Applied Thermofluids Laboratory

Applied Thermofluids Laboratory

ABOUT

Applied Thermofluids LaboratoryThe Applied Thermofluids Laboratory (ATFL) at Purdue conducts basic and applied research in the thermal-fluid sciences: thermodynamics, heat transfer, and fluid mechanics. We study a wide range of research applications, from safety of lithium-ion batteries to dehydration of food products. Students working in this lab will benefit from a highly team-oriented approach to problem solving. Often times, students will work together on research projects in small, highly-functioning teams. Students frequently have the opportunity to present their work to the group for feedback and so that others can gain a sense of the challenges and problem solving methods being used within the lab. To solve the thermal-fluids challenges posed by industry and government sponsors, students will utilize a combination of experimental and computational research methods. Students will strengthen technical skills as well as skills in communication, writing, presenting, data analysis, and interpersonal relationships. Through this approach, students graduating from ATFL will enter their next career as a more well-rounded engineer and technologist.

Director

Cyber Lab Faculty

Research

Battery Safety

Li-ion batteries produce heat and gas under certain abuse conditions. We study phenomena such as the onset of thermal runaway, the subsequent venting process, and heat transfer from failing cells to their surroundings.

Stormwater Management

Many cities and municipalities in the US, especially in the midwest, use aging infrastructure to handle sewage and stormwater. We study the air and water flow in underground structures used for stormwater management.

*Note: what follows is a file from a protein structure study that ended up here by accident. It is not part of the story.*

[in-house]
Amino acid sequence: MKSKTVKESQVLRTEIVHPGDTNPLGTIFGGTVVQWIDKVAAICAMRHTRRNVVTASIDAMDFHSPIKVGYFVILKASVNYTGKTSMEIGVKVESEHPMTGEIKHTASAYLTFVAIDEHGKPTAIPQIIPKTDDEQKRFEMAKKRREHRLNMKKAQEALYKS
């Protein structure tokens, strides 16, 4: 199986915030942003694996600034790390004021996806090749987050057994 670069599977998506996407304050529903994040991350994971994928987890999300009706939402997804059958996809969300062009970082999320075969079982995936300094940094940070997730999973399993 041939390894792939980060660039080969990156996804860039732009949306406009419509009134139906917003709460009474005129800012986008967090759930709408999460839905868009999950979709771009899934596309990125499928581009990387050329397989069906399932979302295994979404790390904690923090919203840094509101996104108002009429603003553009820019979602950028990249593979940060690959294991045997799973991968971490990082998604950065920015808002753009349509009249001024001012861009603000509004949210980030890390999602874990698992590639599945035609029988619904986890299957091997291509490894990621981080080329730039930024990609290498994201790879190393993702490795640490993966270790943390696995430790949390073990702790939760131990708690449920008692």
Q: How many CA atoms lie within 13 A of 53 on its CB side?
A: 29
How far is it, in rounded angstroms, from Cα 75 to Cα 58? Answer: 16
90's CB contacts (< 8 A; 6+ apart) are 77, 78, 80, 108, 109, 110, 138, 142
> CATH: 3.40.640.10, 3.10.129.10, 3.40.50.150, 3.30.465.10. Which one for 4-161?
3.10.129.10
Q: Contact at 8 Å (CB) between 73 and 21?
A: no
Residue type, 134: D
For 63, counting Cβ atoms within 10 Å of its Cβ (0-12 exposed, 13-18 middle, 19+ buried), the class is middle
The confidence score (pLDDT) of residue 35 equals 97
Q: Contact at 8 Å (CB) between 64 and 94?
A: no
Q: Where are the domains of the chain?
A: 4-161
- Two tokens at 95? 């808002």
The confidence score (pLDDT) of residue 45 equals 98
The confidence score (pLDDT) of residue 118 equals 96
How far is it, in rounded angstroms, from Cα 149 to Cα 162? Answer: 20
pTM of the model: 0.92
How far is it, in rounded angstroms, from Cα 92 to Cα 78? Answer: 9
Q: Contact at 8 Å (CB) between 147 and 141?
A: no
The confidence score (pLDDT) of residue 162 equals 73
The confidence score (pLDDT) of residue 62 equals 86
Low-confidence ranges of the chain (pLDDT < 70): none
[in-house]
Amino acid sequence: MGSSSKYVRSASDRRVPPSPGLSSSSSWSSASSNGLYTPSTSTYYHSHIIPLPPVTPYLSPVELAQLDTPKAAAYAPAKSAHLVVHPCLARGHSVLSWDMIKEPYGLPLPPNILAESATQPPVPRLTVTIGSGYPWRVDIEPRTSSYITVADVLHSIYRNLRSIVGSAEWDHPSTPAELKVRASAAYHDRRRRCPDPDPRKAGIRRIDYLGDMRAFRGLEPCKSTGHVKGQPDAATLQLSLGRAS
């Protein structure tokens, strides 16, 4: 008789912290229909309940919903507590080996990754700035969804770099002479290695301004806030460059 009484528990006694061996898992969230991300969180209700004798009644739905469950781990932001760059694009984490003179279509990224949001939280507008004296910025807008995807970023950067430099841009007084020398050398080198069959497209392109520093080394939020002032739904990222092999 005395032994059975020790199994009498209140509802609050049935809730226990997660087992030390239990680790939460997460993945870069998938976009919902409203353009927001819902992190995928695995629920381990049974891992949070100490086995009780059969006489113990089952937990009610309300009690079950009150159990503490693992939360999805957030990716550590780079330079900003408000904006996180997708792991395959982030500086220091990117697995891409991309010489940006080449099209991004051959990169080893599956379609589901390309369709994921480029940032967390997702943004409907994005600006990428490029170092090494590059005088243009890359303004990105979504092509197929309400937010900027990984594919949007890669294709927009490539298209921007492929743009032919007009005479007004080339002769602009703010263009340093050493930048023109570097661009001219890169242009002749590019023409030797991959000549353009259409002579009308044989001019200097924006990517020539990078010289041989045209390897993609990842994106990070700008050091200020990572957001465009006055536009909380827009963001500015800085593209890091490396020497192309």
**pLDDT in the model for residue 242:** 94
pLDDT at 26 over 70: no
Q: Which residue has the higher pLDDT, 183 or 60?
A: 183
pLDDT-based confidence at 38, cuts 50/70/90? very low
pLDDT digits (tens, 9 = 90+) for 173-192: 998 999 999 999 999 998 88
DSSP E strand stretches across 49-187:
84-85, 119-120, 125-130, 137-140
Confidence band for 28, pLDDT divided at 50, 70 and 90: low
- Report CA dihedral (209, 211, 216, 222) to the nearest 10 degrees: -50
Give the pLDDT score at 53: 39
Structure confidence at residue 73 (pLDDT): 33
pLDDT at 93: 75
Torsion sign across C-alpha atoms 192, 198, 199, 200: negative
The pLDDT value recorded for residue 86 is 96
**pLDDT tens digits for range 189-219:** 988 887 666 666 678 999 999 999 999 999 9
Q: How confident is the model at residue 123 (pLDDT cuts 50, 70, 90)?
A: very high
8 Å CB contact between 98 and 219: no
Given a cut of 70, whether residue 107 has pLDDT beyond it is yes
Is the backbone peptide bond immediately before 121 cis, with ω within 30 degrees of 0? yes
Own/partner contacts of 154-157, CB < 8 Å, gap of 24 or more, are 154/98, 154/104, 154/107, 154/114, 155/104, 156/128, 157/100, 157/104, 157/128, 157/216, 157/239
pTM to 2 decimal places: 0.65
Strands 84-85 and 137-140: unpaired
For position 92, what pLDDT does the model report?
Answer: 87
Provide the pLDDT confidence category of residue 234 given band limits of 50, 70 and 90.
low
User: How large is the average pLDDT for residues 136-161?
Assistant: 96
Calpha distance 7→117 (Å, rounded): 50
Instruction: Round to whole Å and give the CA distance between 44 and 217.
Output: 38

Food Dehydration

Small farmers in developing countries often times will dry their crops in open air, on the roadside. This method of drying is unsanitary, inconvenient, and inefficient. We study air and moisture transport in compact, solar-assisted dehydrators for small farms to use in dehydration processes.

ATL

PARTNERSHIPS

We are grateful to acknowledge our sponsors and partners for their support.

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ANNOUNCEMENTS

October 13, 2020: Computed tomography scans of li-ion battery vent caps are now publicly available for download.  Two battery caps are available: MTI 18650 and LG MJ1.

 

October 8, 2020: Dr. Ostanek is helping to organize a Fall 2020 all-virtual, student mini-talk event to be hosted by the Purdue Polytechnic - Realizing the Digital Enterprise (RDE) Research Group.  Click here to apply to showcase your research and for a chance to win a cash prize!

 

September 24, 2020: Dr. Ostanek and Luis visited the DigIndy tunnel for a photo shoot with our sponsors at Citizens Energy Group. 

 

September 12, 2020: Weisi's paper was accepted for publication "Comparison of Current Interrupt Device and Vent Design for 18650 Format Lithium-ion Battery Caps", Journal of Energy Storage.  Congrats, Weisi!

 

August 31, 2020: Dr. Mohammad Parhizi joins ATFL as a post-doctoral researcher, focusing on li-ion battery safety.  Welcome, Dr. Parhizi!

ATFL in the News

Engineering Technology researchers creating digital model of DigIndy sewage tunnels to “clear the air” Posted on: December 13, 2019

Jason Ostanek, assistant professor of engineering technology and director of Purdue’s Applied Thermofluids Laboratory, and graduate students Luis Maldonado and Jhon Quiñones are working with Citizens Energy Group to study air flow in the DigIndy Tunnel System, a 28-mile network of 18-foot diameter sewage storage tunnels being built 250 feet below Indianapolis.

Polytechnic professor aims to predict solar power availability using weather station data Posted on: June 10, 2019

Lisa Bosman wants use real-time and historical weather data to enable utility companies and solar energy system owners to predict when and where to expect sunshine and the resulting increase in solar energy generation.

Purdue partners with NSWC Crane to improve lithium-ion battery safety, performance Posted on: February 28, 2018

Jason Ostanek, assistant professor in Purdue Polytechnic’s School of Engineering Technology, and Partha P. Mukherjee, associate professor of mechanical engineering, will work with the Naval Surface Warfare Center, Crane Division (NSWC Crane) to improve the safety and performance of lithium-ion batteries.

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POTR 209 Jason Ostanek -